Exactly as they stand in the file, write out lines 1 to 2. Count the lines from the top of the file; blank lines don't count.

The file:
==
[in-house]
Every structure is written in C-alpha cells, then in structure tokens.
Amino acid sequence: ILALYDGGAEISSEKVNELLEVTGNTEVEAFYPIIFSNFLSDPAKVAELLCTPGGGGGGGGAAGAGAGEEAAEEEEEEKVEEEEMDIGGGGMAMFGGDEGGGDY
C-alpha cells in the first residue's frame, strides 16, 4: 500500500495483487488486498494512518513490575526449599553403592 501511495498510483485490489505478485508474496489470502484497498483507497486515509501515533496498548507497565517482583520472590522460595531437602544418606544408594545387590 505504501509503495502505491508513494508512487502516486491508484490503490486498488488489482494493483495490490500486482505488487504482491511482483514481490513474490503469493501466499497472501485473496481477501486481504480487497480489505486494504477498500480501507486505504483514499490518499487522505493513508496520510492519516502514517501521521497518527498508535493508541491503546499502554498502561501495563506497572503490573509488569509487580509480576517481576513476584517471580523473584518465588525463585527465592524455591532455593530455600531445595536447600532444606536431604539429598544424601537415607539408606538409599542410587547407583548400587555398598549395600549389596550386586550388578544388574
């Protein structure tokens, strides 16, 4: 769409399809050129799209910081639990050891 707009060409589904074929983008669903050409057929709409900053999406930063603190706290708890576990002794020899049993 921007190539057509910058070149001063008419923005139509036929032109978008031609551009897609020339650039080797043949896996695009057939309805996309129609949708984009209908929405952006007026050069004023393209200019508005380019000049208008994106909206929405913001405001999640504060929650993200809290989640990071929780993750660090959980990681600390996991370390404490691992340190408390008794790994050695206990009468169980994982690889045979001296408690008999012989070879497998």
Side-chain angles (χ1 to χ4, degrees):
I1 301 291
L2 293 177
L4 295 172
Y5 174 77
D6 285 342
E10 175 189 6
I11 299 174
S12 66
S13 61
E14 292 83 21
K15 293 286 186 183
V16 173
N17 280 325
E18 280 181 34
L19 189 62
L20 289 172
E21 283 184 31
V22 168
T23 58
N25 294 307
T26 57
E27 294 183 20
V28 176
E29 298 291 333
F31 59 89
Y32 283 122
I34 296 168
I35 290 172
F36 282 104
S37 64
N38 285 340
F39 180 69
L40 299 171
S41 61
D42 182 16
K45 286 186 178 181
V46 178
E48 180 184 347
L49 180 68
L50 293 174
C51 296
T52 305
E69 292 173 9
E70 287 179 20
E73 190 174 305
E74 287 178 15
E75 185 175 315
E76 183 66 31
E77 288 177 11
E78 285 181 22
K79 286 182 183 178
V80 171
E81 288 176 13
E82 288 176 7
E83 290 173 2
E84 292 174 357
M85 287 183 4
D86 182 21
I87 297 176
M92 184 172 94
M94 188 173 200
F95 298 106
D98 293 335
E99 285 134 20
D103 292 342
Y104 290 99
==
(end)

[in-house]
Every structure is written in C-alpha cells, then in structure tokens.